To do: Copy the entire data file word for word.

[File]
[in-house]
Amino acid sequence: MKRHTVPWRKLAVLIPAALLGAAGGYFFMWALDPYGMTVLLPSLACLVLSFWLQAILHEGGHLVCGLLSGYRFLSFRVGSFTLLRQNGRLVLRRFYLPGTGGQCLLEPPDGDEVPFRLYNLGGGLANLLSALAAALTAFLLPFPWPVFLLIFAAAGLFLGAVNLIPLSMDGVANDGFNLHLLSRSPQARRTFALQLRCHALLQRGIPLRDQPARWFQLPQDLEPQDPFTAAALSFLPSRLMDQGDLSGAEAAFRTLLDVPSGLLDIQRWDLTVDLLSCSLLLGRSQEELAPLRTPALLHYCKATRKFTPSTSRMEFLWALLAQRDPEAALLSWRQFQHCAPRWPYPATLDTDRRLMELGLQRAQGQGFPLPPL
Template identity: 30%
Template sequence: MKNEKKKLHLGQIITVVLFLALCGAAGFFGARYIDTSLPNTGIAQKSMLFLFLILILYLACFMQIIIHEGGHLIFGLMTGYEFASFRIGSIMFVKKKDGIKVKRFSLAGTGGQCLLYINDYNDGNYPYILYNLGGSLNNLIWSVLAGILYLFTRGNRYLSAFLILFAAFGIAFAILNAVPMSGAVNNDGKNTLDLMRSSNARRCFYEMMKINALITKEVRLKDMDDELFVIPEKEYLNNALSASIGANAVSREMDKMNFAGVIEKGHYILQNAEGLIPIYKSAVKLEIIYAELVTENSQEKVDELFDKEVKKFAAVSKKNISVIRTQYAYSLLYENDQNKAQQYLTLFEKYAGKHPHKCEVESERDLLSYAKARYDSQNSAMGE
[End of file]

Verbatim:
[in-house]
Amino acid sequence: MKRHTVPWRKLAVLIPAALLGAAGGYFFMWALDPYGMTVLLPSLACLVLSFWLQAILHEGGHLVCGLLSGYRFLSFRVGSFTLLRQNGRLVLRRFYLPGTGGQCLLEPPDGDEVPFRLYNLGGGLANLLSALAAALTAFLLPFPWPVFLLIFAAAGLFLGAVNLIPLSMDGVANDGFNLHLLSRSPQARRTFALQLRCHALLQRGIPLRDQPARWFQLPQDLEPQDPFTAAALSFLPSRLMDQGDLSGAEAAFRTLLDVPSGLLDIQRWDLTVDLLSCSLLLGRSQEELAPLRTPALLHYCKATRKFTPSTSRMEFLWALLAQRDPEAALLSWRQFQHCAPRWPYPATLDTDRRLMELGLQRAQGQGFPLPPL
Template identity: 30%
Template sequence: MKNEKKKLHLGQIITVVLFLALCGAAGFFGARYIDTSLPNTGIAQKSMLFLFLILILYLACFMQIIIHEGGHLIFGLMTGYEFASFRIGSIMFVKKKDGIKVKRFSLAGTGGQCLLYINDYNDGNYPYILYNLGGSLNNLIWSVLAGILYLFTRGNRYLSAFLILFAAFGIAFAILNAVPMSGAVNNDGKNTLDLMRSSNARRCFYEMMKINALITKEVRLKDMDDELFVIPEKEYLNNALSASIGANAVSREMDKMNFAGVIEKGHYILQNAEGLIPIYKSAVKLEIIYAELVTENSQEKVDELFDKEVKKFAAVSKKNISVIRTQYAYSLLYENDQNKAQQYLTLFEKYAGKHPHKCEVESERDLLSYAKARYDSQNSAMGE